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Reality check: the Reform UK party’s claims on the climate crisis examined
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Reality check: the Reform UK party’s claims on the climate crisis examined

Despite 40C record heat in 2022 and the wettest 18 months on record this winter, this general election seems set to test the UK’s political consensus on climate change like never before.

Reform UK, the rightwing party that describes itself as offering “commonsense” policies on immigration and energy, has eschewed the consensus in favour of outright climate scepticism. So what exactly does the party have to say about global heating and the UK’s net zero target?

Last Friday, in an interview with BBC Breakfast, the Reform leader, Richard Tice, offered a summary, saying that the UK should scrap its net zero target since, he claimed, it would “make zero difference to climate change”. Instead, he argued we should simply adapt to global heating.

He then cited the Intergovernmental Panel on Climate Change (IPCC) in a misleading attempt to bolster his position, before blaming the climate crisis on “the power of the sun or volcanoes”.

Asked by the interviewer why Reform didn’t seem to be concerned about “the future of the planet”, Tice replied: “Net zero will make zero difference to climate change, as confirmed by the Intergovernmental Panel on Climate Change, that says if you get to net zero, it’ll make no difference to sea level rise for between 200 and 1,000 years. Actually, what we need to do with climate change – of course, we all care about the environment of the planet – we need to adapt to it. The idea that you can stop the power of the sun or volcanoes is simply ludicrous. Anyone who thinks you can, frankly, you’re misinformed.”

Contrary to Tice’s first falsehood, reaching net zero emissions is the only way to stop climate change, according to the IPCC. Second, far from saying that net zero makes no difference to sea level rise, the IPCC says the rise will be greater if emissions continue to increase.

Third, while adaptation is important, it cannot be the only response to global heating. The IPCC says there is a “rapidly closing window of opportunity to secure a livable and sustainable future for all” by cutting emissions, and that many will be unable to adapt if this opportunity is missed.

Finally, it is a fact that we humans are causing the climate crisis, not the sun or volcanoes as Tice implies. The IPCC says it is “unequivocal” that humans are responsible for heating the planet and that our emissions have caused 100% of recent warming.

As IPCC authors said after publishing the report, “it is a statement of fact, we cannot be any more certain; it is unequivocal and indisputable that humans are warming the planet”.

Tice’s false claims are taken even further by the party’s election manifesto, which includes 500 words on energy and environment and packs in, by my count, 30 false or misleading statements about the climate crisis and efforts to limit global heating.

Much of the chapter is devoted to attacking net zero and it includes a near-complete set of what the climate scientist Prof Katharine Hayhoe has called the “five flavours of climate denial”: 1. It’s not real. 2. It’s not us. 3. It’s not bad. 4. We can’t fix it. 5. It’s too late.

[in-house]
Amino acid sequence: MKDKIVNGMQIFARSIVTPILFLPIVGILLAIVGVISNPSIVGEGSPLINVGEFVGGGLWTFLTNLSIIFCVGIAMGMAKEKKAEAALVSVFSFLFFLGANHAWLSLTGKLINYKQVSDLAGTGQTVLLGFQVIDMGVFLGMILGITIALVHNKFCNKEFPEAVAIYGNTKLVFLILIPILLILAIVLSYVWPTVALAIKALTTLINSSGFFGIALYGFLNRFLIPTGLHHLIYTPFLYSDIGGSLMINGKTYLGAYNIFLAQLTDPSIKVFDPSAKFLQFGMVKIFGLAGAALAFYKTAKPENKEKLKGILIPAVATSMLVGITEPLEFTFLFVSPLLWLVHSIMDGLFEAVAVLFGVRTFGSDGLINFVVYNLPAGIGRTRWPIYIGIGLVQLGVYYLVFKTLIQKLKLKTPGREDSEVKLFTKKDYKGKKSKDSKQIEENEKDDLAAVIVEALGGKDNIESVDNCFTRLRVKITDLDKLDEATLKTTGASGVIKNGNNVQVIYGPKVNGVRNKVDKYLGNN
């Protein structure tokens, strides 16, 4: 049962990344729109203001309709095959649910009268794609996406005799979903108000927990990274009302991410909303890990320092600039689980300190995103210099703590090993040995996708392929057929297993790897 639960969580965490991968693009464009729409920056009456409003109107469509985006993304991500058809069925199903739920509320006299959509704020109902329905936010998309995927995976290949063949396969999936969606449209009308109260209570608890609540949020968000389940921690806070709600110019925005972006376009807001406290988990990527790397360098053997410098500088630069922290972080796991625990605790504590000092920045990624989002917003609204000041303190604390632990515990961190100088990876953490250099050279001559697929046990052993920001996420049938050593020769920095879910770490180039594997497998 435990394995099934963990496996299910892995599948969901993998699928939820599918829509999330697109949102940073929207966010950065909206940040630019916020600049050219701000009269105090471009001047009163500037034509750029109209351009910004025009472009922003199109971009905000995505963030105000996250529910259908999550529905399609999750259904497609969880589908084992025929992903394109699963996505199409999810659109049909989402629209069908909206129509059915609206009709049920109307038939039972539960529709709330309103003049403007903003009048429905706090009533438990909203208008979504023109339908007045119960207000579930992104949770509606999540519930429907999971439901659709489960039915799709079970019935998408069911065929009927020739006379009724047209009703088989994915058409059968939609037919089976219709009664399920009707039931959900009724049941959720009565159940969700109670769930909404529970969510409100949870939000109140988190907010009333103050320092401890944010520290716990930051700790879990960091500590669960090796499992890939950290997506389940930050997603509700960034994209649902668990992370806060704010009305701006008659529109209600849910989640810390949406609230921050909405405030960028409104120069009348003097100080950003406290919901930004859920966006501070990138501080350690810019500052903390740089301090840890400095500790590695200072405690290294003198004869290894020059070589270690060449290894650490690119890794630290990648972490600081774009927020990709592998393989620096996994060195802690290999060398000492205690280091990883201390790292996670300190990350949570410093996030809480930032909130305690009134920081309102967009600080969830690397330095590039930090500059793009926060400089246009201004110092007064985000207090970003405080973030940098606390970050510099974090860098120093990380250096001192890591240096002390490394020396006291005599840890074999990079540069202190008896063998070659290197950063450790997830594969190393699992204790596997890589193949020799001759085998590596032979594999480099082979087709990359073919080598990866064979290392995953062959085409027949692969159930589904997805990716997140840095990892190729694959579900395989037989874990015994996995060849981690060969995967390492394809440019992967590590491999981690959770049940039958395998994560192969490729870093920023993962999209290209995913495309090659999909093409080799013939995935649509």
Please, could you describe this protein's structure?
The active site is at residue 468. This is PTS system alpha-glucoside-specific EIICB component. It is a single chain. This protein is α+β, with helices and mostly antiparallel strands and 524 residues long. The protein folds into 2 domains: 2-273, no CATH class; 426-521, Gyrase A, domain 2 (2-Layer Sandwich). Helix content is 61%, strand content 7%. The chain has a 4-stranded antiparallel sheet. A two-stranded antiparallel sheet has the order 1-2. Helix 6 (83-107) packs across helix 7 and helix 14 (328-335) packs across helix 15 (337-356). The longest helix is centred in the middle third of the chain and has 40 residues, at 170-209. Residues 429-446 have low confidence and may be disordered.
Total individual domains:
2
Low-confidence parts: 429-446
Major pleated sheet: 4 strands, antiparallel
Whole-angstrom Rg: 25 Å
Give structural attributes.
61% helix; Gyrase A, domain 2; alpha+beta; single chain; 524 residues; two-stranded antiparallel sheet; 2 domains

For example, Reform misleadingly refers to climate change having “happened for millions of years, before human-made CO2 emissions”. In fact, as we know, the world is in the midst of what the IPCC calls “widespread and rapid [changes] … unprecedented over many centuries, to many thousands of years”.

Reform says “CO2 is essential for photosynthesis” and that “CO2 only represents 0.04% of the atmosphere; the average garden greenhouse has three times more!”. These facts are irrelevant to the issue of having a quantity of CO2 and other greenhouse gases in the atmosphere that leads to global heating.

Repeating a common climate-sceptic talking point, the manifesto says Roman Britain “was 2C warmer than now”. Like the “medieval warm period”, this was a regional phase quite different from the “unparalleled” global extent of heating being seen today.

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It falsely claims that climate action has “sent energy bills soaring”. In fact it is the UK’s heavy reliance on gas that is predominantly to blame.

It falsely blames net zero for “increasing inflation”, when fossil fuel price shocks and climate-induced food price rises are the key drivers.

Reform says net zero will only be possible at a cost “estimated by the National Grid and others at some £2tn or more”. This is misleading by omission. In 2020, National Grid did indeed put the cost of a net zero energy system at around £3tn. The next line from the document by National Grid pointed out: “Scenarios where we hit net zero in 2050 … incur broadly the same costs as the scenario where we miss our net zero target.”

Reform offers a brief alternative vision, which involves fracking for shale gas and fast-tracking new licences for North Sea oil and gas. It also supports new nuclear power.

Reform’s manifesto on energy and climate ends with a bizarre mix of technologies that it wants to “increase and incentivise”, one or two of which might even cut emissions: gas-fired power plants; lithium mines for batteries; “clean synthetic fuel” and the (oxymoronic) “clean coal mining”.

If the UK’s political consensus on climate change does indeed come to an end, Reform UK will be at least partly to blame.

Source: theguardian.com